Visit Oxford, England
Internationally renowned as the home of one of the oldest and most prestigious universities in the world, Oxford is steeped in history. It’s a city populated by honey-stoned buildings dating back to medieval times, while tiny pubs lay claim to hosting some of the world's greatest minds.
Everywhere you go are reminders of the city's illustrious past and thriving present. Beyond the main sights of the university, you’ll find arts and science museums, rivers teeming with rowers and punts, and an animated city of independent shops, characterful hotels and historic drinking holes hidden down winding lanes.
UK & Ireland specialist Jackie
Remember to look up at the rooftops; keep your eyes peeled whenever you turn a corner: you’ll see everything from quaint cafes to surprisingly contemporary statues. You can spend a day just admiring intellectual-yet-energetic Oxford University’s architectural feats.
Things to see and do in Oxford
The university city
The University of Oxford is Britain's oldest and most famous (along with its great rival, Cambridge). Teaching began in the 11th century and, so far, 50 Nobel Prize winners, 26 British Prime Ministers and numerous literary giants have studied here.
The university’s students and scholars are divided among 38 colleges, each set in private grounds. The colleges are almost like universities in miniature: each has its own library, chapel, dining hall and teaching rooms. Grotesques and gargoyles watch over wisteria-draped cloisters, and a warren of shadowy passageways open out onto secluded green squares (called ‘quads’). Such spaces often border Oxford’s busiest shopping streets, and yet are invisible to outsiders. Some colleges can be visited as part of a guided walking tour of the university and city.
The museums founded and funded by the university include the Ashmolean, Britain’s oldest museum, which has a soaring neo-classical edifice, and the tenebrous Pitt Rivers, packed with anthropological curiosities from around the world.
Oxford's hallowed halls and archaic traditions have long been a muse for storytellers. JRR Tolkien, CS Lewis, Oscar Wilde, Charles Dodgson (Lewis Carroll) and TS Eliot are just a few of those who studied and taught here. More recently, college rooftops and scholarly arcana provided inspiration for Philip Pullman’s His Dark Materials trilogy (the first book of which was filmed as The Golden Compass). All around the city you'll find connections to authors, poets and playwrights, including Shakespeare.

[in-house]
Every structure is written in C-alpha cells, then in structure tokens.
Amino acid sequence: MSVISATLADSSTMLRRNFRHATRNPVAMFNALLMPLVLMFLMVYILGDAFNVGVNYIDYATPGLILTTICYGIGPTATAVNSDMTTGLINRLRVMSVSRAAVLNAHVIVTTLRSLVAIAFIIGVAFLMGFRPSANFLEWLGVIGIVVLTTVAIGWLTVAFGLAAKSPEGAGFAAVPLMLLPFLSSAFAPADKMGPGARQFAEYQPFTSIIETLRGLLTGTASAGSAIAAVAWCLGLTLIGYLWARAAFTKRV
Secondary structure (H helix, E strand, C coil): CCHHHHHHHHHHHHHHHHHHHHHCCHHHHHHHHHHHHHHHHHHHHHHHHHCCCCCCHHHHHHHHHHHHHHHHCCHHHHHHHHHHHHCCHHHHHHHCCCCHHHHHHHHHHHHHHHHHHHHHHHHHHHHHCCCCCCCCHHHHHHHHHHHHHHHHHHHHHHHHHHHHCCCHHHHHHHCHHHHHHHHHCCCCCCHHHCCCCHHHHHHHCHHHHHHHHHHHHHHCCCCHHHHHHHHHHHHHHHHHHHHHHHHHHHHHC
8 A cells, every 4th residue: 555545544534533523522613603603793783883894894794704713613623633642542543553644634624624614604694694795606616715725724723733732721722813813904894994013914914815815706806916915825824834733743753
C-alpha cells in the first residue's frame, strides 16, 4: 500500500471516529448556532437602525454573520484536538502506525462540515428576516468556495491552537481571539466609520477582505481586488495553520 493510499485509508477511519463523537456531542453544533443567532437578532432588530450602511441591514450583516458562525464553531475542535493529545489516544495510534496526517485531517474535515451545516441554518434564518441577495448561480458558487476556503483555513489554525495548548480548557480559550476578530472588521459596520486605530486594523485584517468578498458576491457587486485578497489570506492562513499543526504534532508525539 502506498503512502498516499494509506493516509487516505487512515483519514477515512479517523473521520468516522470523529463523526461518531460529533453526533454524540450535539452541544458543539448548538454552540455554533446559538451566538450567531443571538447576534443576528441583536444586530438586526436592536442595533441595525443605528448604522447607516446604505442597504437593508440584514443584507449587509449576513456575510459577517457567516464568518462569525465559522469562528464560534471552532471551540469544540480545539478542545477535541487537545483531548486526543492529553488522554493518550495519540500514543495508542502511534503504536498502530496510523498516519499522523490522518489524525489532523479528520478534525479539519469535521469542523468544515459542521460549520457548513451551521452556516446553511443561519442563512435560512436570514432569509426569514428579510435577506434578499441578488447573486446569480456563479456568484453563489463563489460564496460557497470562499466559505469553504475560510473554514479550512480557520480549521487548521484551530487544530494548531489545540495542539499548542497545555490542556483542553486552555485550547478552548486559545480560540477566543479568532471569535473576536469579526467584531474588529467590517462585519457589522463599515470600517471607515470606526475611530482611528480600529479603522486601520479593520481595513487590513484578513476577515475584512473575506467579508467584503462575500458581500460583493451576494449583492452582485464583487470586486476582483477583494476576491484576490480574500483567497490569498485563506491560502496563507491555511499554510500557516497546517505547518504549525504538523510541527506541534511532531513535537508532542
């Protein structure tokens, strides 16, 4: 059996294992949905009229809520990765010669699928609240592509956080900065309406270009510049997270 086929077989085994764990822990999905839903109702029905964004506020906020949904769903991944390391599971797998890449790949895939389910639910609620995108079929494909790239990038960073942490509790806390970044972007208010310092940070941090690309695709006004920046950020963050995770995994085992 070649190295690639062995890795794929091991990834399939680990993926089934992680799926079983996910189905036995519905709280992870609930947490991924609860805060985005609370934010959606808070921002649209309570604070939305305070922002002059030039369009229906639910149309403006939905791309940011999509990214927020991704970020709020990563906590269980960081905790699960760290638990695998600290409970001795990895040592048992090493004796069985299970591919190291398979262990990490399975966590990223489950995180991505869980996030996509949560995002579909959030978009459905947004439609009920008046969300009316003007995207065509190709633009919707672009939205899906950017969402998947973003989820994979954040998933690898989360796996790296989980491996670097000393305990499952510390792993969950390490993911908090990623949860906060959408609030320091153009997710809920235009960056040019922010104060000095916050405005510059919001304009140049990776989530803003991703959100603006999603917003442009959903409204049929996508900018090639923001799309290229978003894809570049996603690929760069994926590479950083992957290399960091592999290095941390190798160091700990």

Medieval libraries full of dusty tomes and sagas beloved by Tolkien, college grounds and river trips that worked their way into Alice in Wonderland, pubs where literary clubs discussed their work — all these can be experienced. The city also has an interactive and quirky Story Museum, which offers a creative take on writings from around the world.
The University of Oxford’s college and museum buildings are a large part of the city's appeal. The Victorian poet and critic Matthew Arnold referred to it as a city with 'dreaming spires’ — a tribute to its skyline, which is punctuated by steeples, domes and roof lines.
Particularly worth a visit is the Bodleian Library with its circular Radcliffe Camera, Gothic fan-vaulted Divinity School (the oldest teaching room in the university), and Jacobean Old Schools Quadrangle. Hertford College’s Bridge of Sighs and the Natural History Museum are other architectural highlights, but it can be just as rewarding to wander the cobbled streets that snake between the college buildings, seeing where they take you.
Although Oxford is a small city, it has several distinct districts with disparate characters. The central area is home to the oldest university colleges, museums housing everything from Ming pottery to ancient astrolabes, and a large cluster of shops, bars and restaurants.
To the southeast, vibrant Cowley Road has many bars, live music venues and restaurants serving food from around the globe. Meanwhile, upmarket Jericho, a short walk north of central Oxford, offers designer shops, chic bistros and cocktail bars.
A short walk from Jericho brings you to the grassy, waterlogged expanse of Port Meadow, where you can follow the river upstream to a number of traditional pubs set in quaint villages.